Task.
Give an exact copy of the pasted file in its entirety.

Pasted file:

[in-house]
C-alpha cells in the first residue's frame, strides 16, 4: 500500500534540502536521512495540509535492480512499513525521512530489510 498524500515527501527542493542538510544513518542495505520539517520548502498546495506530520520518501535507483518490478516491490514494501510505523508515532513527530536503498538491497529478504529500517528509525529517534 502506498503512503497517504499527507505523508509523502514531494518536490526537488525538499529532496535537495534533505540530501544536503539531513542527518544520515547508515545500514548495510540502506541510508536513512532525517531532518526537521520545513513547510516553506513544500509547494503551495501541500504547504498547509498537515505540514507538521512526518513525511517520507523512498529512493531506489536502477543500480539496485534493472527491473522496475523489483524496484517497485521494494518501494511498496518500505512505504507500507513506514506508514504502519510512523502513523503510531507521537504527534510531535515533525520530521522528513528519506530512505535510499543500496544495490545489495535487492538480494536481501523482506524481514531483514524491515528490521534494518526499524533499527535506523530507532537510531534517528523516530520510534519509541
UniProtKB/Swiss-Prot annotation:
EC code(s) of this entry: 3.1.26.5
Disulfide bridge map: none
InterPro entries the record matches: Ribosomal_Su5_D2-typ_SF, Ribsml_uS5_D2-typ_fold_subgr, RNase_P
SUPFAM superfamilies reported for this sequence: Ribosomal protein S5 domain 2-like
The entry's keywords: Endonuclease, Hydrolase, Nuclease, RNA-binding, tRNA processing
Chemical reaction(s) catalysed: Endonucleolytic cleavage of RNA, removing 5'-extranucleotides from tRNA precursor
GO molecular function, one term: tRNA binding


[in-house]
C-alpha cells in the first residue's frame, strides 16, 4: 500500500534540502536521512495540509535492480512499513525521512530489510 498524500515527501527542493542538510544513518542495505520539517520548502498546495506530520520518501535507483518490478516491490514494501510505523508515532513527530536503498538491497529478504529500517528509525529517534 502506498503512503497517504499527507505523508509523502514531494518536490526537488525538499529532496535537495534533505540530501544536503539531513542527518544520515547508515545500514548495510540502506541510508536513512532525517531532518526537521520545513513547510516553506513544500509547494503551495501541500504547504498547509498537515505540514507538521512526518513525511517520507523512498529512493531506489536502477543500480539496485534493472527491473522496475523489483524496484517497485521494494518501494511498496518500505512505504507500507513506514506508514504502519510512523502513523503510531507521537504527534510531535515533525520530521522528513528519506530512505535510499543500496544495490545489495535487492538480494536481501523482506524481514531483514524491515528490521534494518526499524533499527535506523530507532537510531534517528523516530520510534519509541
UniProtKB/Swiss-Prot annotation:
EC code(s) of this entry: 3.1.26.5
Disulfide bridge map: none
InterPro entries the record matches: Ribosomal_Su5_D2-typ_SF, Ribsml_uS5_D2-typ_fold_subgr, RNase_P
SUPFAM superfamilies reported for this sequence: Ribosomal protein S5 domain 2-like
The entry's keywords: Endonuclease, Hydrolase, Nuclease, RNA-binding, tRNA processing
Chemical reaction(s) catalysed: Endonucleolytic cleavage of RNA, removing 5'-extranucleotides from tRNA precursor
GO molecular function, one term: tRNA binding